January 16, 2015
Trimming Back Dodd-Frank
Posted by Christine Hurt

Glass-Steagall may have lasted only 65 years, but the actual life of the Volcker Rule may be measured in months, if at all.  Several pieces of legislation entitled "A bill to repeal the Dodd-Frank Act" have been introduced in Congress, but one bill has passed the House that seeks to dampen a handful of its provisions, including the rule requiring banks to get rid of its collateralized debt obligation businesses.  (The Promoting Job Creation and Reducing Small Business Burdens Act, H.R. 37).  However, one legislation tracking site gives the bill a 7% chance of passage.  Also, Elizabeth Warren is on the case.

For us boring Securities Regulation professors, the bill also would give the SEC more marching orders (as if they had finished their original Dodd-Frank marching orders).  Specifically, the Bill requires that the SEC:

Not later than the end of the 180-day period beginning on the date of the enactment of this Act, the Securities and Exchange Commission shall take all such actions to revise regulation S–K (17 CFR 229.10 et seq.)—
(1) to further scale or eliminate requirements of regulation S–K, in order to reduce the burden on emerging growth companies, accelerated filers, smaller reporting companies, and other smaller issuers, while still providing all material information to investors;
(2) to eliminate provisions of regulation S–K, 2 required for all issuers, that are duplicative, overlapping, outdated, or unnecessary; and
(3) for which the Commission determines that no further study under section 1003 is necessary to determine the efficacy of such revisions to regulation S–K.
STUDY ON MODERNIZATION AND SIMPLIFICATION OF REGULATION S–K. (a) STUDY.—The Securities and Exchange Commission shall carry out a study of the requirements contained in regulation S–K (17 CFR 229.10 et seq.). Such study shall
(1) determine how best to modernize and simplify such requirements in a manner that reduces the costs and burdens on issuers while still providing all material information;
(2) emphasize a company by company approach that allows relevant and material information to be disseminated to investors without boilerplate language or static requirements while preserving completeness and comparability of information across registrants; and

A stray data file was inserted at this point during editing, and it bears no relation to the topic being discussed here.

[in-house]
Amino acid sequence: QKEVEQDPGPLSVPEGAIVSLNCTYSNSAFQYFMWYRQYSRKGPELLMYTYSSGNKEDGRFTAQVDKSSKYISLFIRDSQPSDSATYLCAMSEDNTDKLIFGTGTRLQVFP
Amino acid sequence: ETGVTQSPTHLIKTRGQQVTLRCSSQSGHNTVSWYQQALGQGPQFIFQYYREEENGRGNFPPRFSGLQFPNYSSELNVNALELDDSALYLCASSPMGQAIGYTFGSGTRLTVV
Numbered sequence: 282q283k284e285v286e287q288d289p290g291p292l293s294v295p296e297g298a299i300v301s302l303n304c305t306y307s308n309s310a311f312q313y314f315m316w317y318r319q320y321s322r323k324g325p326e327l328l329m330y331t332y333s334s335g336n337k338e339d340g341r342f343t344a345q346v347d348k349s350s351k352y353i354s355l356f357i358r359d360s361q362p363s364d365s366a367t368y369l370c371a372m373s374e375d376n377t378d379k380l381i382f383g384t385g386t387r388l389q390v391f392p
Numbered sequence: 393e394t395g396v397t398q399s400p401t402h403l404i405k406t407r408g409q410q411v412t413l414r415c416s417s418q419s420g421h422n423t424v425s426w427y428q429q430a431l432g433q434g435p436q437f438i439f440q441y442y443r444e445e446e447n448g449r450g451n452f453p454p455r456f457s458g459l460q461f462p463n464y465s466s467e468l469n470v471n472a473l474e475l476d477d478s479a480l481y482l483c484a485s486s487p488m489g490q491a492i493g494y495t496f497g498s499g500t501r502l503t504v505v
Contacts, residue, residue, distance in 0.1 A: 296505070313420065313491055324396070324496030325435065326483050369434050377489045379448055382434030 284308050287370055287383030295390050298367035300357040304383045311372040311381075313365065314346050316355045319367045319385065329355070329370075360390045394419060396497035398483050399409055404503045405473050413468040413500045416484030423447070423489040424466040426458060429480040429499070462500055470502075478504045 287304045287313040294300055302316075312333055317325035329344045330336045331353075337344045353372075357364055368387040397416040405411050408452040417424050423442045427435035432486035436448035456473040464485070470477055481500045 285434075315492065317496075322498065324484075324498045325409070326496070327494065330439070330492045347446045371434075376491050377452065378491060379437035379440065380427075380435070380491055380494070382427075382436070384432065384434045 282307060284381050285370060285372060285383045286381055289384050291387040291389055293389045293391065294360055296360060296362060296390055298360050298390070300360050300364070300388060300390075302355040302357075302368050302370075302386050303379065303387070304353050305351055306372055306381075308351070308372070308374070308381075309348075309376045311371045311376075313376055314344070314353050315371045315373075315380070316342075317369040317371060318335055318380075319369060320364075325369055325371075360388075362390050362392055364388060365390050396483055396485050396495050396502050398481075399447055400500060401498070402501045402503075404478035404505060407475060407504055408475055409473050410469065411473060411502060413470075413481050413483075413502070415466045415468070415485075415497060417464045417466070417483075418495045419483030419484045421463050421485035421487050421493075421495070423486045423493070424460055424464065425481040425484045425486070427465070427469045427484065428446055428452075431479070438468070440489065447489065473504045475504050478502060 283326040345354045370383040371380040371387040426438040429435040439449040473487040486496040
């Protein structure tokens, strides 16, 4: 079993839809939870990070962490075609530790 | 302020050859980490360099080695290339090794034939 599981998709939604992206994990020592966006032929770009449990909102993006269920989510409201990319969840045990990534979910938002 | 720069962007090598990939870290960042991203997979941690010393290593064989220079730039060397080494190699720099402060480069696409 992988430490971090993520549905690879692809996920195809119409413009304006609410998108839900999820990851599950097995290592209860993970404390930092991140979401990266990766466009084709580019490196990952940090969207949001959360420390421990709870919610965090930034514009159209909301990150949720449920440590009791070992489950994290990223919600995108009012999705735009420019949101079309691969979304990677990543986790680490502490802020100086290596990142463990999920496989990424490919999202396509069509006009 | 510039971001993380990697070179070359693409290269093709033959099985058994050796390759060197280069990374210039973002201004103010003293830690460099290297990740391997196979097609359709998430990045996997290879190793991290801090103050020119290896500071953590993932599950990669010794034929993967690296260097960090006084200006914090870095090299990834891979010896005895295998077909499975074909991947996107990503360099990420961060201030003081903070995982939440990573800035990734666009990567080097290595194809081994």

(3) evaluate methods of information delivery and presentation and explore methods for discouraging repetition and the disclosure of immaterial information.
REPORT.—Not later than the end of the 360-day period beginning on the date of enactment of this Act, theCommission shall issue a report to the Congress containing—
(1) all findings and determinations made in carrying out the study required under subsection (a)
(2) specific and detailed recommendations on modernizing and simplifying the requirements in regulation S–K in a manner that reduces the costs and burdens on companies while still providing all material information; and (3) specific and detailed recommendations on ways to improve the readability and navigability of disclosure documents and to discourage repetition and the disclosure of immaterial information.
RULEMAKING.—Not later than the end of the 360-day period beginning on the date that the report is issued to the Congress under subsection (c), the Commission shall issue a proposed rule to implement the recommendations of the report issued under subsection (c). 

Wouldn't that be awesome? Why hasn't Congress done that before -- told the SEC to make Regulation S-K easier, clearer, shorter, but still as effective? I can't wait to see what happens.

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